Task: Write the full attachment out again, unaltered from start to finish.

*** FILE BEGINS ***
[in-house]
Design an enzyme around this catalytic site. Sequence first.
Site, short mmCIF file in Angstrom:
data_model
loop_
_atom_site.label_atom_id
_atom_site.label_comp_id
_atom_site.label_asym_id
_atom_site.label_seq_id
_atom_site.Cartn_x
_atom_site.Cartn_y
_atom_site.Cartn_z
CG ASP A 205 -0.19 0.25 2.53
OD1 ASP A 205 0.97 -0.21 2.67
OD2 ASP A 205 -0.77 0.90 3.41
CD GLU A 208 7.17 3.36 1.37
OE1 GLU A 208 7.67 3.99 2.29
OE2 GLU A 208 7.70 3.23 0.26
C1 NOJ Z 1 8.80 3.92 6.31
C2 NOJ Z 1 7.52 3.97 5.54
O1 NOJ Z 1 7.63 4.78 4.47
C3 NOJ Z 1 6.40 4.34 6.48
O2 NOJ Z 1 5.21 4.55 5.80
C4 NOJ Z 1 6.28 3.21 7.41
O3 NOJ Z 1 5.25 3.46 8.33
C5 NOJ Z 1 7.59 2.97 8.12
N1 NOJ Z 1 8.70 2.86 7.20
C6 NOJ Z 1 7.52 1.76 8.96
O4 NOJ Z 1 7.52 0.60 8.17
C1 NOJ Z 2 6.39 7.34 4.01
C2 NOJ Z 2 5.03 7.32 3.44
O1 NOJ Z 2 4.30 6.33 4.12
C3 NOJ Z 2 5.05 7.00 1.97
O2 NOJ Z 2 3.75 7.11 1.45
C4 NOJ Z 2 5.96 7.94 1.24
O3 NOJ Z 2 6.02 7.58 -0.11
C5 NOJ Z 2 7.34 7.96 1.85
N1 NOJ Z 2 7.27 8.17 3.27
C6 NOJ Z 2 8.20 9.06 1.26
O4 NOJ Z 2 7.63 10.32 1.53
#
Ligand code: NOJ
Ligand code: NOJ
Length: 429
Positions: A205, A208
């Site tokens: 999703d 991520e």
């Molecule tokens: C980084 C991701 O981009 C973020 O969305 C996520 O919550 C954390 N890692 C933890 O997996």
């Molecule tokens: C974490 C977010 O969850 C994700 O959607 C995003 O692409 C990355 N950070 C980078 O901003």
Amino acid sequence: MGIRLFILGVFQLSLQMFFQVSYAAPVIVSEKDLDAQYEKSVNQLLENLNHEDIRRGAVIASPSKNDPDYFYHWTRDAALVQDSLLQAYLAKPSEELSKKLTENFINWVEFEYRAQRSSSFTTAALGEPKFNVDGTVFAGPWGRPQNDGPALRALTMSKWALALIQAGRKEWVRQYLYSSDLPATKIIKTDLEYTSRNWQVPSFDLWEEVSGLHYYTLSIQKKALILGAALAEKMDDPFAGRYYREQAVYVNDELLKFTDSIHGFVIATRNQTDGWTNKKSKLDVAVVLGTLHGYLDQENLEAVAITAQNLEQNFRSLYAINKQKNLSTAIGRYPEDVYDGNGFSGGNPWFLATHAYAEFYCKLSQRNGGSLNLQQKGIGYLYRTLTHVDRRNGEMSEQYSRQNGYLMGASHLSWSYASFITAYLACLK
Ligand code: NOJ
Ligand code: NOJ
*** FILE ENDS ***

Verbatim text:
[in-house]
Design an enzyme around this catalytic site. Sequence first.
Site, short mmCIF file in Angstrom:
data_model
loop_
_atom_site.label_atom_id
_atom_site.label_comp_id
_atom_site.label_asym_id
_atom_site.label_seq_id
_atom_site.Cartn_x
_atom_site.Cartn_y
_atom_site.Cartn_z
CG ASP A 205 -0.19 0.25 2.53
OD1 ASP A 205 0.97 -0.21 2.67
OD2 ASP A 205 -0.77 0.90 3.41
CD GLU A 208 7.17 3.36 1.37
OE1 GLU A 208 7.67 3.99 2.29
OE2 GLU A 208 7.70 3.23 0.26
C1 NOJ Z 1 8.80 3.92 6.31
C2 NOJ Z 1 7.52 3.97 5.54
O1 NOJ Z 1 7.63 4.78 4.47
C3 NOJ Z 1 6.40 4.34 6.48
O2 NOJ Z 1 5.21 4.55 5.80
C4 NOJ Z 1 6.28 3.21 7.41
O3 NOJ Z 1 5.25 3.46 8.33
C5 NOJ Z 1 7.59 2.97 8.12
N1 NOJ Z 1 8.70 2.86 7.20
C6 NOJ Z 1 7.52 1.76 8.96
O4 NOJ Z 1 7.52 0.60 8.17
C1 NOJ Z 2 6.39 7.34 4.01
C2 NOJ Z 2 5.03 7.32 3.44
O1 NOJ Z 2 4.30 6.33 4.12
C3 NOJ Z 2 5.05 7.00 1.97
O2 NOJ Z 2 3.75 7.11 1.45
C4 NOJ Z 2 5.96 7.94 1.24
O3 NOJ Z 2 6.02 7.58 -0.11
C5 NOJ Z 2 7.34 7.96 1.85
N1 NOJ Z 2 7.27 8.17 3.27
C6 NOJ Z 2 8.20 9.06 1.26
O4 NOJ Z 2 7.63 10.32 1.53
#
Ligand code: NOJ
Ligand code: NOJ
Length: 429
Positions: A205, A208
């Site tokens: 999703d 991520e």
């Molecule tokens: C980084 C991701 O981009 C973020 O969305 C996520 O919550 C954390 N890692 C933890 O997996």
């Molecule tokens: C974490 C977010 O969850 C994700 O959607 C995003 O692409 C990355 N950070 C980078 O901003």
Amino acid sequence: MGIRLFILGVFQLSLQMFFQVSYAAPVIVSEKDLDAQYEKSVNQLLENLNHEDIRRGAVIASPSKNDPDYFYHWTRDAALVQDSLLQAYLAKPSEELSKKLTENFINWVEFEYRAQRSSSFTTAALGEPKFNVDGTVFAGPWGRPQNDGPALRALTMSKWALALIQAGRKEWVRQYLYSSDLPATKIIKTDLEYTSRNWQVPSFDLWEEVSGLHYYTLSIQKKALILGAALAEKMDDPFAGRYYREQAVYVNDELLKFTDSIHGFVIATRNQTDGWTNKKSKLDVAVVLGTLHGYLDQENLEAVAITAQNLEQNFRSLYAINKQKNLSTAIGRYPEDVYDGNGFSGGNPWFLATHAYAEFYCKLSQRNGGSLNLQQKGIGYLYRTLTHVDRRNGEMSEQYSRQNGYLMGASHLSWSYASFITAYLACLK
Ligand code: NOJ
Ligand code: NOJ